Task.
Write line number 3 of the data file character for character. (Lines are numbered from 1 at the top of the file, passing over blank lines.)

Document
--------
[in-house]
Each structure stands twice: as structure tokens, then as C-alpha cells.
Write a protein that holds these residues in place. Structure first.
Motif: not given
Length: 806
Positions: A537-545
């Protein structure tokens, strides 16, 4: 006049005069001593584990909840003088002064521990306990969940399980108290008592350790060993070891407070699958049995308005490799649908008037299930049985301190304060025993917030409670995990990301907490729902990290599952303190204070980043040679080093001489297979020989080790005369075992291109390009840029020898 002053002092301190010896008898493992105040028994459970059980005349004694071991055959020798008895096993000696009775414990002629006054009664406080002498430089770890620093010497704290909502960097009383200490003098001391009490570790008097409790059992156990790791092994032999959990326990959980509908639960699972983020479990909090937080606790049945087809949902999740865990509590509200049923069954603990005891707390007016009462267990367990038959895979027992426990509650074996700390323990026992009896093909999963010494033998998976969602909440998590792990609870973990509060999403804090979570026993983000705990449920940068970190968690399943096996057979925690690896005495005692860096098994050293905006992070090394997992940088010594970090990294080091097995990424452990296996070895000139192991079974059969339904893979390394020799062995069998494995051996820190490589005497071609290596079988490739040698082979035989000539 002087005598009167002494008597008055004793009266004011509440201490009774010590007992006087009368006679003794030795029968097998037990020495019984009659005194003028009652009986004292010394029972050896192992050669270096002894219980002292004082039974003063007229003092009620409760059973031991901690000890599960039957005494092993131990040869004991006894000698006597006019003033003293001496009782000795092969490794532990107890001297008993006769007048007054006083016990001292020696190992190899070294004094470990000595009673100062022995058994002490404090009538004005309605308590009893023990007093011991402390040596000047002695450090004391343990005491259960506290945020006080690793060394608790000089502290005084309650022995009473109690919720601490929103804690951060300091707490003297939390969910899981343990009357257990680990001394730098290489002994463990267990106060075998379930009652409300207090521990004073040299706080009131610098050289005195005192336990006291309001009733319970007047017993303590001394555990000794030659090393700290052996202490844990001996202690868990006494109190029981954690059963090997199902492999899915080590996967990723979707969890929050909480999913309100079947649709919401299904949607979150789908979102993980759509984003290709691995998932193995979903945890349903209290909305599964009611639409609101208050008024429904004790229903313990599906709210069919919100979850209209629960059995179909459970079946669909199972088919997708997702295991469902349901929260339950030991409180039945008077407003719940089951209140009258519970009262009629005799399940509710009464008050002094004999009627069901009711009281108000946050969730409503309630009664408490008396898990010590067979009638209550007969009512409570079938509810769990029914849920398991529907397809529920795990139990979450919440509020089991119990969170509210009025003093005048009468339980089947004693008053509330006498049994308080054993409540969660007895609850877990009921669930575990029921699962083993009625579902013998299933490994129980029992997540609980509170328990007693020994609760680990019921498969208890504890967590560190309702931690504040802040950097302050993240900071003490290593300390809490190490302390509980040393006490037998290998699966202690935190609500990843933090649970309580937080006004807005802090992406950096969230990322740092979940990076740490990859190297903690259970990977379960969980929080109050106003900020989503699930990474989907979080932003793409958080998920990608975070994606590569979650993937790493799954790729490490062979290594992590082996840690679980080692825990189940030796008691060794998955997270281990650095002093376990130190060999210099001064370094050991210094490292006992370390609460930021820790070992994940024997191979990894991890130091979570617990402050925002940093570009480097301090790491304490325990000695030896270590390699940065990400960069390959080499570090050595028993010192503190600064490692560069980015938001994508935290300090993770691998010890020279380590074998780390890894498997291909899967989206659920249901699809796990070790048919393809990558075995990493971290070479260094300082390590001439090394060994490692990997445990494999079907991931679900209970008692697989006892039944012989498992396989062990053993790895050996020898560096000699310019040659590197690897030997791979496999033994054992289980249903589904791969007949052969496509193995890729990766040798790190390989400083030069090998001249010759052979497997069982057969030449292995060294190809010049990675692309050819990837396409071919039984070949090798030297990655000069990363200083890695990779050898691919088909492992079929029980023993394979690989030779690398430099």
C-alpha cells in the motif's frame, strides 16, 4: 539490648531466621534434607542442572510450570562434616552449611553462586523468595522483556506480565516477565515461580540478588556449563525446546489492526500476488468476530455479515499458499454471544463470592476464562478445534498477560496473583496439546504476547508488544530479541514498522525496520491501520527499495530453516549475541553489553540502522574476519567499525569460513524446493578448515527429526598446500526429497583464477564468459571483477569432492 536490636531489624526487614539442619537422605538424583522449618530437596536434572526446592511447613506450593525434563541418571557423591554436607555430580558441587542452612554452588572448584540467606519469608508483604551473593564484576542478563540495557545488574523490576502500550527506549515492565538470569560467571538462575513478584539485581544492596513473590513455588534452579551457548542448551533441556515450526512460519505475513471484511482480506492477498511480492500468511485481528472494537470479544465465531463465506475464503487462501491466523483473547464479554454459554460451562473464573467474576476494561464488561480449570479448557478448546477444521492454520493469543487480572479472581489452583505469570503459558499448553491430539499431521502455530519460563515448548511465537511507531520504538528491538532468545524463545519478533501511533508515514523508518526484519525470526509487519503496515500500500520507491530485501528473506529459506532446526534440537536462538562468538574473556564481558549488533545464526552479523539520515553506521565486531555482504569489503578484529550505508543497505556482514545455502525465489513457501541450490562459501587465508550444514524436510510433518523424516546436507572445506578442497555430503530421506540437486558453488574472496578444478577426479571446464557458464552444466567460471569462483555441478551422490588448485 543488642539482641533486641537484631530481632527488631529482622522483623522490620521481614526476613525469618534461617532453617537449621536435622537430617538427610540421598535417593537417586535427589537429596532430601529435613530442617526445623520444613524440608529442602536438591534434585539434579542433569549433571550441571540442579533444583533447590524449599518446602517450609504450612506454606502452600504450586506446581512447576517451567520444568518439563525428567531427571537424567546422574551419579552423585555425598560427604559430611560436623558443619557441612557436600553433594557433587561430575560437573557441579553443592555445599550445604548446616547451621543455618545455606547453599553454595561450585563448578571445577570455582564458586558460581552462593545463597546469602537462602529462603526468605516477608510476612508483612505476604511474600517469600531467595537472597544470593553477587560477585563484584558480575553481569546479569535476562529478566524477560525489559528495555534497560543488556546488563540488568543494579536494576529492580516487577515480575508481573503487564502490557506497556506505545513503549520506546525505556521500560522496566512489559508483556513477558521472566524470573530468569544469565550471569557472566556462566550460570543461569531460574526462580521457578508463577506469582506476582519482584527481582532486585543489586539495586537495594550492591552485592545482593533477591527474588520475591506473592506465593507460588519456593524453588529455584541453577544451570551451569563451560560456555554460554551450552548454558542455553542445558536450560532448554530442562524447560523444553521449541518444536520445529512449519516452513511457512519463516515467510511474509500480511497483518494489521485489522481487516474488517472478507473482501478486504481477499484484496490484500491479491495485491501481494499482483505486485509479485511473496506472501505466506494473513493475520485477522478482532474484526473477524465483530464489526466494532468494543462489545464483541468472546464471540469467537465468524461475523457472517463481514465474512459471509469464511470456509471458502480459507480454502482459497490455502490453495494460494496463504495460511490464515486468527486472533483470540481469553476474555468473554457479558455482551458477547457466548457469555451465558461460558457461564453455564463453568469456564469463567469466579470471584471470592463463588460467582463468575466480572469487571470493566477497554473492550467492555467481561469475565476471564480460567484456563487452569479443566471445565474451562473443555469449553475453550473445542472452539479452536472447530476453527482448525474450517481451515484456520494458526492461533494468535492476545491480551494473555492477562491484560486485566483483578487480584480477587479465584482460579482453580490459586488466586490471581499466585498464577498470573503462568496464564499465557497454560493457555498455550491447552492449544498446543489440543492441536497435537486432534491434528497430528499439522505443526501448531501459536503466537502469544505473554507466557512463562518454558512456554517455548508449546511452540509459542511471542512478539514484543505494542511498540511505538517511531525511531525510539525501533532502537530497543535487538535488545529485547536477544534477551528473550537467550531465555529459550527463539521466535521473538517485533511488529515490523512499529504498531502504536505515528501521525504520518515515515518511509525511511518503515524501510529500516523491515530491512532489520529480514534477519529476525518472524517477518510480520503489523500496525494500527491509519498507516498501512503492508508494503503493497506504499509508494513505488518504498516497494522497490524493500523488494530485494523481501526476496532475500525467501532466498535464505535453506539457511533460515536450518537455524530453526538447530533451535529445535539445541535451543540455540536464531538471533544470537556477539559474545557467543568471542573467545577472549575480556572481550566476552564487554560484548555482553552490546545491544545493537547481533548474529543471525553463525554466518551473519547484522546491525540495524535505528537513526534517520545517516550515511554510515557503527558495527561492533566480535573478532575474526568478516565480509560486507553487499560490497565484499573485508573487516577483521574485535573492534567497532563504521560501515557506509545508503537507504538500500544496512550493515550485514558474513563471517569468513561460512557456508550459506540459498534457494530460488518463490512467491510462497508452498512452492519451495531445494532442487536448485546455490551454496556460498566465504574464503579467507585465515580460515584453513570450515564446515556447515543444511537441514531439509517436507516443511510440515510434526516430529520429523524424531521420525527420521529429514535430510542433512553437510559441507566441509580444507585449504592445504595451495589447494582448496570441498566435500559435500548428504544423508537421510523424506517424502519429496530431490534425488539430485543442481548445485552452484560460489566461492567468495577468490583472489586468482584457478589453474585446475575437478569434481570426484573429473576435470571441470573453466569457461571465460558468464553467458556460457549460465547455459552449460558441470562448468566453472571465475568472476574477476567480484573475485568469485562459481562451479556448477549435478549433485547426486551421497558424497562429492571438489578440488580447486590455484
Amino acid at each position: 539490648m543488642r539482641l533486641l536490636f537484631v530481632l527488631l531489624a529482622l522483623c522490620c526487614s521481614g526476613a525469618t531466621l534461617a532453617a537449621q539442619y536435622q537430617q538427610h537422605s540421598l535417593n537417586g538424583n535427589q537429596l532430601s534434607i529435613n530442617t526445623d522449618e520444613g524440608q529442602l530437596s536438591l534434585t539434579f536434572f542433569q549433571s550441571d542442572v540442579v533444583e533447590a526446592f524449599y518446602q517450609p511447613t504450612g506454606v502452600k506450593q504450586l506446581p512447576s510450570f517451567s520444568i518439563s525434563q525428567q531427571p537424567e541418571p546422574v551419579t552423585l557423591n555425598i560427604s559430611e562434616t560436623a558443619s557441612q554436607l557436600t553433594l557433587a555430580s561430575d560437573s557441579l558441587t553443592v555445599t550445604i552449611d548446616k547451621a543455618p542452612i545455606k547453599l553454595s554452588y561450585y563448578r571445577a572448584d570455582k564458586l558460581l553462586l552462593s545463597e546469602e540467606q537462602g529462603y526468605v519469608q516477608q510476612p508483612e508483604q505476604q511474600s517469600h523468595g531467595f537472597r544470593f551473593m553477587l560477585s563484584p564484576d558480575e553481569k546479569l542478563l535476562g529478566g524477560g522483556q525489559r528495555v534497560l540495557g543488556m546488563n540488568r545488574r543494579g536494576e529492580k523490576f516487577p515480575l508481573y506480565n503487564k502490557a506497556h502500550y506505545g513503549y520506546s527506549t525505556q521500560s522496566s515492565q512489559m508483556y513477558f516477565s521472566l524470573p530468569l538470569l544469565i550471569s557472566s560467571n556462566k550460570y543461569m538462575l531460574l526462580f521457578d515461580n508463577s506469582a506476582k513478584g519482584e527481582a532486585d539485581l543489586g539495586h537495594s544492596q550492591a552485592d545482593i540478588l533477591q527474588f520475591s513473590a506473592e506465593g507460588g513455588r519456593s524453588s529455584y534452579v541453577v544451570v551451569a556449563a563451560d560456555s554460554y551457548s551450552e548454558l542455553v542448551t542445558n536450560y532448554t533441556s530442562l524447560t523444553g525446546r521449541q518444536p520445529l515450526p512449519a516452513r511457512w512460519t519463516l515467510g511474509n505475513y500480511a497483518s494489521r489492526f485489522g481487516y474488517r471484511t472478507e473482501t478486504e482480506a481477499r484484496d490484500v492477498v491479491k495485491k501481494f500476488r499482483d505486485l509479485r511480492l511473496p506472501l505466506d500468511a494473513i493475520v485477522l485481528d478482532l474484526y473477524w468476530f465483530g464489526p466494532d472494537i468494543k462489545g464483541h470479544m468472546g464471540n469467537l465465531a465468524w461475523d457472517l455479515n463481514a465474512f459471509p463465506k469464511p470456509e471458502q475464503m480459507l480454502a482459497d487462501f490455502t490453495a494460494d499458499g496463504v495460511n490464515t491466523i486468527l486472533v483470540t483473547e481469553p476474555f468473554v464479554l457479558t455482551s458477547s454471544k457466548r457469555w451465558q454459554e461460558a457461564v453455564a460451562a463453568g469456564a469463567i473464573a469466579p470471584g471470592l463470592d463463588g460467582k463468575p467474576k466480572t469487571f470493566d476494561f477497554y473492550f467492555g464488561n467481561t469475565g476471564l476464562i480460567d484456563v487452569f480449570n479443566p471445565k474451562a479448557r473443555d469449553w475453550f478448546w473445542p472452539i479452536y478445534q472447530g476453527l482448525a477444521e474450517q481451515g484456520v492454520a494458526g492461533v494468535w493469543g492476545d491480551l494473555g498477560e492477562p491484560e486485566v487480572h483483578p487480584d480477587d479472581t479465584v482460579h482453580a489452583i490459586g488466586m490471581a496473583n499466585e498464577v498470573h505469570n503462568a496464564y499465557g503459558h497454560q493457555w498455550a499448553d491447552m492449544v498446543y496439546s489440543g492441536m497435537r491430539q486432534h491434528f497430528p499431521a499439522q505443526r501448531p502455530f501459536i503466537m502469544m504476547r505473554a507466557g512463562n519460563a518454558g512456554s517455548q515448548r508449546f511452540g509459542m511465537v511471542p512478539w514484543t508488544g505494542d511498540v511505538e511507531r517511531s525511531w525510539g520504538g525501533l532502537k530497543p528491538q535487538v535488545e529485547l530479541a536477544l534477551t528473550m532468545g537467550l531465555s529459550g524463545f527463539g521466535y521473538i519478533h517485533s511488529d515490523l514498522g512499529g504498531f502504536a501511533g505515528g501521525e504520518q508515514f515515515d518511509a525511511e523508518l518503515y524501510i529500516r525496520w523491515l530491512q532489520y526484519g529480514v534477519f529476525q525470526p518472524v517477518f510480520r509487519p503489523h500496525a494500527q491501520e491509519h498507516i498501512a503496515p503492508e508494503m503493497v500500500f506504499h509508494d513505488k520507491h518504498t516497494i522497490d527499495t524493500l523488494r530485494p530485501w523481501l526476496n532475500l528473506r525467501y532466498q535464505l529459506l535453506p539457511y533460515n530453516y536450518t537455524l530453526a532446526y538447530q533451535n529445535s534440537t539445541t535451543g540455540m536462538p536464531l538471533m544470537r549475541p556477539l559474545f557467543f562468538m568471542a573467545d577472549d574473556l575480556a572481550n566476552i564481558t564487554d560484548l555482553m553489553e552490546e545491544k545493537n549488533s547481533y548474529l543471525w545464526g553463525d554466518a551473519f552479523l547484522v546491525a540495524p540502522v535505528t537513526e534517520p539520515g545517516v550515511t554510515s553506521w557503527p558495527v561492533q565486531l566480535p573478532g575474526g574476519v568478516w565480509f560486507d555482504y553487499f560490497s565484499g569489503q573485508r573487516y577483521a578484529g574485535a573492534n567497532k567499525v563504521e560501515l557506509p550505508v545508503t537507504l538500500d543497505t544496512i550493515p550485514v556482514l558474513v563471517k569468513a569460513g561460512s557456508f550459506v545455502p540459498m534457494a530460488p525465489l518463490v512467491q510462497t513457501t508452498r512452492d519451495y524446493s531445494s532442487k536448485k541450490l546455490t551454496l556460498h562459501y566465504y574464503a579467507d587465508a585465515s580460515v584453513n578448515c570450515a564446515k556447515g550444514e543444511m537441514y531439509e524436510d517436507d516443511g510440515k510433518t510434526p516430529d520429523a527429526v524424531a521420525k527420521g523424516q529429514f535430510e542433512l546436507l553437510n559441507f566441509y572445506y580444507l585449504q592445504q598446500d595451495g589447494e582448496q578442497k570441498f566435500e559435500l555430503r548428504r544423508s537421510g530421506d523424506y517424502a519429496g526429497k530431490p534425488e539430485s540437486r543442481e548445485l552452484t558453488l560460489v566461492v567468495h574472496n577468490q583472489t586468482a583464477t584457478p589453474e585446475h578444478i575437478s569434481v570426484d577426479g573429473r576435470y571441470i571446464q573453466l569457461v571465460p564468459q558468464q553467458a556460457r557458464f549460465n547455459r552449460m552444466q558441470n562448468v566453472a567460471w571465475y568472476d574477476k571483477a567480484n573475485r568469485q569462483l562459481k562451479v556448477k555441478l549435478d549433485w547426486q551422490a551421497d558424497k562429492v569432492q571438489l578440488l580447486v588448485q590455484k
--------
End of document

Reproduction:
Write a protein that holds these residues in place. Structure first.